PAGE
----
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Children are using screens more than ever and some experts fear this trend is leading to a form of digital addiction.

A new study found that children’s media use increased more in the past two years than in the previous four years. State lawmakers across the country and at the federal level are proposing new legislation to crack down on social media platforms for their addictive algorithms that keep kids hooked.

“The negative consequences of uncontrolled online access can range from social withdrawal and problems at school to physical and mental health problems”, psychotherapist Laurie Singerwhich treats children with problems of spending too much time on the media, said in an interview.

Too much screen time

Omid Armin/Unsplash/Digital Trend Chart

The survey, published by the non-profit research organization common sense mediafound that overall screen use among teens and tweens increased by 17% between 2019 and 2021, which grew faster than in the previous four years.

Daily screen use increased on average among tweens (8 to 12 years old) to five hours and 33 minutes from four hours and 44 minutes, and to eight hours and 39 minutes from seven hours and 22 minutes for teenagers (aged 13 to 18).

Mo Mulla, a father of two and parenting expert, said he knows firsthand the problems of too much screen time. He said in an interview that his daughter was “addicted” to consuming media on screens.

“Honestly, it’s due to the modern world and we all need relief from its pressures,” Mulla said. “In some cases having a smartphone has helped her when she’s down or needs something to do, but in other cases it can be overused and addictive.”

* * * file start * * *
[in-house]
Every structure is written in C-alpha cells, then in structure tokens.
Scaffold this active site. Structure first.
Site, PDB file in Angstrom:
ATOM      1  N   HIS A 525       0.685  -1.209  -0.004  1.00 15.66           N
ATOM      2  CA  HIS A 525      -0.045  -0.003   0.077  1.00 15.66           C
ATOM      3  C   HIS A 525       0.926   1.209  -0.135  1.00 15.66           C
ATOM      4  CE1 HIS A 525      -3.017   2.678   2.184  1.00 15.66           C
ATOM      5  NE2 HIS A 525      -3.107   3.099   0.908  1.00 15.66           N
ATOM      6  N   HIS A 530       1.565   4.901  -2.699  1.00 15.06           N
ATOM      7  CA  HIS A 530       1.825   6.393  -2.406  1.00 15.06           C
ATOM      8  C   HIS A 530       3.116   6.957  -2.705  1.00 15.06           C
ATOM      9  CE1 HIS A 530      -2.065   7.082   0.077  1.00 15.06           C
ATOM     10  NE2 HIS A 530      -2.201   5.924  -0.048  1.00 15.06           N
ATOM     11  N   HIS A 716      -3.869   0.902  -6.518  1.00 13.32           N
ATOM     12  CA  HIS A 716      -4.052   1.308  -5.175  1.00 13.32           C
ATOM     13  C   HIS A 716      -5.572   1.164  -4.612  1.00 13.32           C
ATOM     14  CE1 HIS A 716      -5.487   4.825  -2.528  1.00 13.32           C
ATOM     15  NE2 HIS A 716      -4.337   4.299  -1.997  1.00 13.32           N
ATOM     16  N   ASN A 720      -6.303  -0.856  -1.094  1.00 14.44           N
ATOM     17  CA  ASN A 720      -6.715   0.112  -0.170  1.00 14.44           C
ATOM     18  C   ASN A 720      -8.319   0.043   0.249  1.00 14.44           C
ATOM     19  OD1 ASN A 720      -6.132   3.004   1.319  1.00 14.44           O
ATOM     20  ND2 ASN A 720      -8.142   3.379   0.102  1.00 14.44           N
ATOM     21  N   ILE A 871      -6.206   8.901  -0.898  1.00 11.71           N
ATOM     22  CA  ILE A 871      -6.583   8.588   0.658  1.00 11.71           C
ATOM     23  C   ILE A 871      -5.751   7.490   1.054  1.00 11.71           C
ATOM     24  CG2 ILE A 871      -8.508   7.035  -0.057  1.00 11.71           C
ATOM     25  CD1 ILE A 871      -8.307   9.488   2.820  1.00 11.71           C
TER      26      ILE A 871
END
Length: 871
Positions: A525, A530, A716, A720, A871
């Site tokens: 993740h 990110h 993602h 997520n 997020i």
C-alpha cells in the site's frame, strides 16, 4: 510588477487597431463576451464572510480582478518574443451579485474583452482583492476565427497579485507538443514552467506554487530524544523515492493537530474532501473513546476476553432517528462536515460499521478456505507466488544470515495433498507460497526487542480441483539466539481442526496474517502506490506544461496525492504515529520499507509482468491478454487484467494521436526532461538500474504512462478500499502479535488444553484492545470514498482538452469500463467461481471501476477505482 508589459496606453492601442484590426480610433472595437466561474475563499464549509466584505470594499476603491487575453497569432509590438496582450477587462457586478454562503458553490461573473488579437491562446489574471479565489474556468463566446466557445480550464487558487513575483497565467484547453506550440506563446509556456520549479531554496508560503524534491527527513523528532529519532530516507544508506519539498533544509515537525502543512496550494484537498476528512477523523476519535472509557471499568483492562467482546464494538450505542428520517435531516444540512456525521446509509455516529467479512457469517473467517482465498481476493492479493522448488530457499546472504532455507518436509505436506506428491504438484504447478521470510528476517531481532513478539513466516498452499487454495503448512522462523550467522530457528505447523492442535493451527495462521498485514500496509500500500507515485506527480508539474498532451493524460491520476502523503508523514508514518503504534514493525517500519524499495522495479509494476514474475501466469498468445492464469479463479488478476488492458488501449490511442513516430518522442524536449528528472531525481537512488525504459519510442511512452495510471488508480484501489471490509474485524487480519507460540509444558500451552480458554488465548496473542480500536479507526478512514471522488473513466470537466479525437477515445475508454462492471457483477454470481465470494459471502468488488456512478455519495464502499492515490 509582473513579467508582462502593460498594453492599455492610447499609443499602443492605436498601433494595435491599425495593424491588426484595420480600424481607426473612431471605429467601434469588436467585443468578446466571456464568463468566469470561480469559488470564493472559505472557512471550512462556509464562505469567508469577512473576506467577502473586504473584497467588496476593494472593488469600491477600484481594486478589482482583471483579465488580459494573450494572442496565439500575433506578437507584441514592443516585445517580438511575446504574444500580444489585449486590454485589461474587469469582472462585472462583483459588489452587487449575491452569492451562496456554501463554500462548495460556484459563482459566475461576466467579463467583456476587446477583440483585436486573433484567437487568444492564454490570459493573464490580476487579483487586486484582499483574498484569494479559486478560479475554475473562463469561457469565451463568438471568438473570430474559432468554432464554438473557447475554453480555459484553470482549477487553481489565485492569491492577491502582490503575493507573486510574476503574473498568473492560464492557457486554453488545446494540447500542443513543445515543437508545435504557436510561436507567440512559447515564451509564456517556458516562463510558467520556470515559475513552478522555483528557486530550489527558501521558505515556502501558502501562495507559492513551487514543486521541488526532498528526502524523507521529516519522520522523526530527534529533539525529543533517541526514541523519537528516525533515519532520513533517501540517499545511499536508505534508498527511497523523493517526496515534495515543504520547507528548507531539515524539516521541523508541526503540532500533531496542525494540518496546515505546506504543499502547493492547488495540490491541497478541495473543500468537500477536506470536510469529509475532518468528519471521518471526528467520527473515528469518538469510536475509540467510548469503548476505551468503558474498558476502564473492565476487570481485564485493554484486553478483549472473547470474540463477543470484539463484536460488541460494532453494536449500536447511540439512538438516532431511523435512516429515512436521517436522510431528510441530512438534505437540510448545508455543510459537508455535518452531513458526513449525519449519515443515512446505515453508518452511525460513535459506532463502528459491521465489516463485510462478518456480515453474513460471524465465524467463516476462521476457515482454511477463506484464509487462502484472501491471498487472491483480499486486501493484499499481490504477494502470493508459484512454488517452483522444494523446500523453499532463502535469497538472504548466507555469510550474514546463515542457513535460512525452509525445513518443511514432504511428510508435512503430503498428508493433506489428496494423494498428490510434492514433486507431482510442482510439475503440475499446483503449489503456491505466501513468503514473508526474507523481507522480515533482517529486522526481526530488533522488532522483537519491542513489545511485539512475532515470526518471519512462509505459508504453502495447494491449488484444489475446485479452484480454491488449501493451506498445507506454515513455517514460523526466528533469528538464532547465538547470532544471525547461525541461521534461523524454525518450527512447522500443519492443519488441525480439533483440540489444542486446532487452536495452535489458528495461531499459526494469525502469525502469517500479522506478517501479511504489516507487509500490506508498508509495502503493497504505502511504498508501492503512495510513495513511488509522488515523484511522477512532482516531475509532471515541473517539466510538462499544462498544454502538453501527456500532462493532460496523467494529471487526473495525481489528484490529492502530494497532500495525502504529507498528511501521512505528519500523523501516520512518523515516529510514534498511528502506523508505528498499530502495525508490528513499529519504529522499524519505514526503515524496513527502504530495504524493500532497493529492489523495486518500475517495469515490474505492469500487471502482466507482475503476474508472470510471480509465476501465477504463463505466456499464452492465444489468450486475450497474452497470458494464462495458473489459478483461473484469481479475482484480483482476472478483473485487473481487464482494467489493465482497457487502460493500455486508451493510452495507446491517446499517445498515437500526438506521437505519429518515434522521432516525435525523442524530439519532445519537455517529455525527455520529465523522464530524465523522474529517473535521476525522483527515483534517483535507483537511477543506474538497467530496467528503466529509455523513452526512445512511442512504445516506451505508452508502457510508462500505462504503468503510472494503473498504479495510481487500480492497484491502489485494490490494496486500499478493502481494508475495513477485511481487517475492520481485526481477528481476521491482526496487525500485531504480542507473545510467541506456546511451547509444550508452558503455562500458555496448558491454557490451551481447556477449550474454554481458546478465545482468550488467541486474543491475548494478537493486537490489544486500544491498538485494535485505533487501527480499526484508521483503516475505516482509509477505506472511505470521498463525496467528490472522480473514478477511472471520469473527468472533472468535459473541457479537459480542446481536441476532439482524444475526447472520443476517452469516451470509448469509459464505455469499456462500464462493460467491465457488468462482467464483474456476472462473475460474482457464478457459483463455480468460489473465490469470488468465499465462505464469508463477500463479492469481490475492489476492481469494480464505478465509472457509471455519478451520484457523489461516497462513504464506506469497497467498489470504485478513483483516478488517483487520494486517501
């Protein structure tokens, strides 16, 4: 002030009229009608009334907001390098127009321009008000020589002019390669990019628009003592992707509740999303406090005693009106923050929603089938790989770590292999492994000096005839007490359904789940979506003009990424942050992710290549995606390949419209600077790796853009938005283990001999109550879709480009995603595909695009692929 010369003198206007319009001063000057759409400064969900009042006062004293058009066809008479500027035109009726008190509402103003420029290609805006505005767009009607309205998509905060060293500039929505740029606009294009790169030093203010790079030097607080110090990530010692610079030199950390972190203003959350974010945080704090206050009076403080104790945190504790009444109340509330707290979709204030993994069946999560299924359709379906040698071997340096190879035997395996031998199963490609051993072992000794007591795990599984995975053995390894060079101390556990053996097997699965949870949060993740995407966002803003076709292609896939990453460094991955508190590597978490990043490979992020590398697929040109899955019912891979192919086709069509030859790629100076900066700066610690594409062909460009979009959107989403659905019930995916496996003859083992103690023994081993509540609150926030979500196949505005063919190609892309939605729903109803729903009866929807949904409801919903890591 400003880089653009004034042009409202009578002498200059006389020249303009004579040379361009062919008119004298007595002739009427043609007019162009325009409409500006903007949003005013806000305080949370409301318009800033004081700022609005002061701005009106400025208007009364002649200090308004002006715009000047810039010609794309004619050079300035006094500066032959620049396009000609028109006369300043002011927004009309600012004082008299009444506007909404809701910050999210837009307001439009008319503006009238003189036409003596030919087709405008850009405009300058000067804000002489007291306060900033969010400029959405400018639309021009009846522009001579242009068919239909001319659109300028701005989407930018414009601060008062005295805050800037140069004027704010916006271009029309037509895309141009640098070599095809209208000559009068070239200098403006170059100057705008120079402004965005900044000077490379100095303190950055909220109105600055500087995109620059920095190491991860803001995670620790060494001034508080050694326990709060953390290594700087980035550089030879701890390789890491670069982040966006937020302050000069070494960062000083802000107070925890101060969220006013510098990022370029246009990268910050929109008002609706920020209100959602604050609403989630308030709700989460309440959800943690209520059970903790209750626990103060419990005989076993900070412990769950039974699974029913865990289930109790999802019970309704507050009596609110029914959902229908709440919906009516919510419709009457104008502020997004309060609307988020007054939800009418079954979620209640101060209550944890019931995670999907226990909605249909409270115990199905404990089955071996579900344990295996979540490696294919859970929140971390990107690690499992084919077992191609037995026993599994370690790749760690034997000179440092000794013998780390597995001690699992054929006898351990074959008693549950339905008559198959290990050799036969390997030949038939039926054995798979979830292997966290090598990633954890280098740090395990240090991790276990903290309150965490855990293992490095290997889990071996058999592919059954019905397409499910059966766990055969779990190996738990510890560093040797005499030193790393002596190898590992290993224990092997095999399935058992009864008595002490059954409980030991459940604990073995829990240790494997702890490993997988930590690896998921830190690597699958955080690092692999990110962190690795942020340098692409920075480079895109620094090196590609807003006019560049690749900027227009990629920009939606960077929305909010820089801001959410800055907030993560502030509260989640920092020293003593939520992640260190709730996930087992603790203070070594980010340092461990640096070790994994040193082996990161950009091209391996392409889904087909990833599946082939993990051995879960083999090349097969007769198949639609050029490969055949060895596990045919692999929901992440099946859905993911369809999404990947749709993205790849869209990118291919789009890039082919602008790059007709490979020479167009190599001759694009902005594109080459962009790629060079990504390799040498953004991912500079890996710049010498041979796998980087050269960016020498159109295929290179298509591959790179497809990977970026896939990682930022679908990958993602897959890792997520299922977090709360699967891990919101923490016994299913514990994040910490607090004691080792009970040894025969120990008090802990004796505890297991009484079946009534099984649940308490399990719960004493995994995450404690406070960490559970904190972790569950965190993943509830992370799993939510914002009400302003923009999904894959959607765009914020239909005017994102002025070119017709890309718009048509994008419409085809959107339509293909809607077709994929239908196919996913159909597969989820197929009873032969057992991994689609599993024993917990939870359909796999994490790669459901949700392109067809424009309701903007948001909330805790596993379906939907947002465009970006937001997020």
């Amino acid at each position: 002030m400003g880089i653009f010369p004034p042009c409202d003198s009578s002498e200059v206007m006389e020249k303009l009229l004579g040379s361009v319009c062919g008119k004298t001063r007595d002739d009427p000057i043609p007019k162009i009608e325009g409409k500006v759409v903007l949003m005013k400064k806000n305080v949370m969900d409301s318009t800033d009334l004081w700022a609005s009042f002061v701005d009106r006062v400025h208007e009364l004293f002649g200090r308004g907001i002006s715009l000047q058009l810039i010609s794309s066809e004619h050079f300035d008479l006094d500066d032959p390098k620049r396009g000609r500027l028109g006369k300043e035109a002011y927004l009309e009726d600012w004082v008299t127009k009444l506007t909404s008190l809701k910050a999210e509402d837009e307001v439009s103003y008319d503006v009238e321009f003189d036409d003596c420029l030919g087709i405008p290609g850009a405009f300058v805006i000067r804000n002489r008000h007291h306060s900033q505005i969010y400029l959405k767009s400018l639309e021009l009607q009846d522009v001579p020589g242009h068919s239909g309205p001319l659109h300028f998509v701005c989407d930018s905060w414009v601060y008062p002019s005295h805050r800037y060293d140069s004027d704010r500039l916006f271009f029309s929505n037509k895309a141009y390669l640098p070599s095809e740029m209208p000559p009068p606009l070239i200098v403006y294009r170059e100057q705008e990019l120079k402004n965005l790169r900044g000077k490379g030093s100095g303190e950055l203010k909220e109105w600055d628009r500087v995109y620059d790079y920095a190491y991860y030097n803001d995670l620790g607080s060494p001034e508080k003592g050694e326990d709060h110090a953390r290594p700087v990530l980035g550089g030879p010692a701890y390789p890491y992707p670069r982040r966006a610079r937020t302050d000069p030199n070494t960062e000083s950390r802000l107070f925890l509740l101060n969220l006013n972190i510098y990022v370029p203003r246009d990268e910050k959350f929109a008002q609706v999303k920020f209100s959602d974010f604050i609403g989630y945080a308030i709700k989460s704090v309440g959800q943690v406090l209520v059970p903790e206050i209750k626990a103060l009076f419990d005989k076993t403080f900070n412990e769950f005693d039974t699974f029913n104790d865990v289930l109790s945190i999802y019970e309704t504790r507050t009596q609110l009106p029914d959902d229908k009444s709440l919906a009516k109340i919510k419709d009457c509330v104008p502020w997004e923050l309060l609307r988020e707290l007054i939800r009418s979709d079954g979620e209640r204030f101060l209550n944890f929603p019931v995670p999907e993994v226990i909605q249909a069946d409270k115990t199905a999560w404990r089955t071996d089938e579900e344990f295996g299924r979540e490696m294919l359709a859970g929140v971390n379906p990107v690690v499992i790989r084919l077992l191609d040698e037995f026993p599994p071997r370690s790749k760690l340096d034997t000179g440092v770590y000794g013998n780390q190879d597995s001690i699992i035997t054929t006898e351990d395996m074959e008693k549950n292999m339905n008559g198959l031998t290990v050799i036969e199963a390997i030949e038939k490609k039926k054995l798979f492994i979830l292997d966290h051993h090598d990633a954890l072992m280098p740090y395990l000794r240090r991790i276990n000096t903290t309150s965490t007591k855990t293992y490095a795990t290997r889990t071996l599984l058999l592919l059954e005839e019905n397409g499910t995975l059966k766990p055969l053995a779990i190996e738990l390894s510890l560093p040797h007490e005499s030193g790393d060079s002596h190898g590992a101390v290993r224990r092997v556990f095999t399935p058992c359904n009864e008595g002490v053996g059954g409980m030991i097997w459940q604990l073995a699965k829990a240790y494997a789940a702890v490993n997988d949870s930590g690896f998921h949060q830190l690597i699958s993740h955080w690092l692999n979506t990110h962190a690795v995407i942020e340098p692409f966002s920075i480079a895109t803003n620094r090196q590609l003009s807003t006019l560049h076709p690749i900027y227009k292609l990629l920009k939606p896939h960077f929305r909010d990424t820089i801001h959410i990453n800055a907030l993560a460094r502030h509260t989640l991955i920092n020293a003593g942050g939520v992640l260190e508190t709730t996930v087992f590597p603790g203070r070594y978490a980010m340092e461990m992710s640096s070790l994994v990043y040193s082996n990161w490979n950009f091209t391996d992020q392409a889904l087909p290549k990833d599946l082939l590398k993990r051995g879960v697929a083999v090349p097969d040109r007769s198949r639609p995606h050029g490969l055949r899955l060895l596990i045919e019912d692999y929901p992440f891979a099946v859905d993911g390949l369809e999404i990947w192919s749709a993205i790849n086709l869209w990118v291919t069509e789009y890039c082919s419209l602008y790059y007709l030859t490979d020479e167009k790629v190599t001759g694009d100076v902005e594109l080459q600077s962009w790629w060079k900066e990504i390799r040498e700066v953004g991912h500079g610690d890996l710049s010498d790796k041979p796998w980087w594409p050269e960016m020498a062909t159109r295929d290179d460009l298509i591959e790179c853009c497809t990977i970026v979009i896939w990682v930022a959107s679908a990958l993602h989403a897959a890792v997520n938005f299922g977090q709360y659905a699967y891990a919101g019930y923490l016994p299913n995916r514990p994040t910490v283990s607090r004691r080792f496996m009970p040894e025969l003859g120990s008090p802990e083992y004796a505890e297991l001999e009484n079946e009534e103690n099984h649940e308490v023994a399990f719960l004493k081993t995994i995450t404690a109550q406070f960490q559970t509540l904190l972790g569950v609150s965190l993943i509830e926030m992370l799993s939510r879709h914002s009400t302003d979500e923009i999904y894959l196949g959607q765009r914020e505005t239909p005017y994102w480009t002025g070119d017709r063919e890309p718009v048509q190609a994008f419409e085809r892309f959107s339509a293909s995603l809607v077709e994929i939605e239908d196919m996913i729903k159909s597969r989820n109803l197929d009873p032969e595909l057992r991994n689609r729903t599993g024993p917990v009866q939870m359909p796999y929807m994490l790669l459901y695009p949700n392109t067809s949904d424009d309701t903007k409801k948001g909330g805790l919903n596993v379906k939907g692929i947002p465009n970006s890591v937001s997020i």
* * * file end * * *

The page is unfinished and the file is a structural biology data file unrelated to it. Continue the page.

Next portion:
A group of teenage girls on the phone.
Mark Mawson/Getty Images

Singer said the most critical reason screen time is on the rise is that more children are being given relatively free access to devices and social media by their parents.

“Maybe it’s pressure from their kids because ‘everyone is doing it,'” Singer said. “But I think parents working from home during the pandemic, many of whom are still doing it, have also helped This provides their children with something to occupy them while they work.

Social media is a way for kids to feel accepted and interact with their peers, stay up to date with the latest trends, nurture their online interests, and receive instant gratification with a like or supportive comment. Singer said. This feedback can become very addictive for children and adults.

What parents can do

Parents concerned about their children’s screen time should consider whether their child is mature enough to have access to it in the first place, Singer said.

“Just because a child is a certain chronological age doesn’t mean they’re ready to log on to social media sites,” Singer added.

Two children are using smart devices while sitting on a couch.
MoMo Productions/Getty Images

Experts say communication is key around whether to allow or deny a child access to the internet. Singer notes that before the Internet, there was a built-in separation between children and adults when it came to content.

“It doesn’t exist the same way today,” Singer said. “Going to a website that asks ‘Are you over 18’ and clicking a box is a very different thing than trying to sneak into an ‘R-rated’ movie. Kids need to be told about storylines they might encounter online and how best to handle these situations.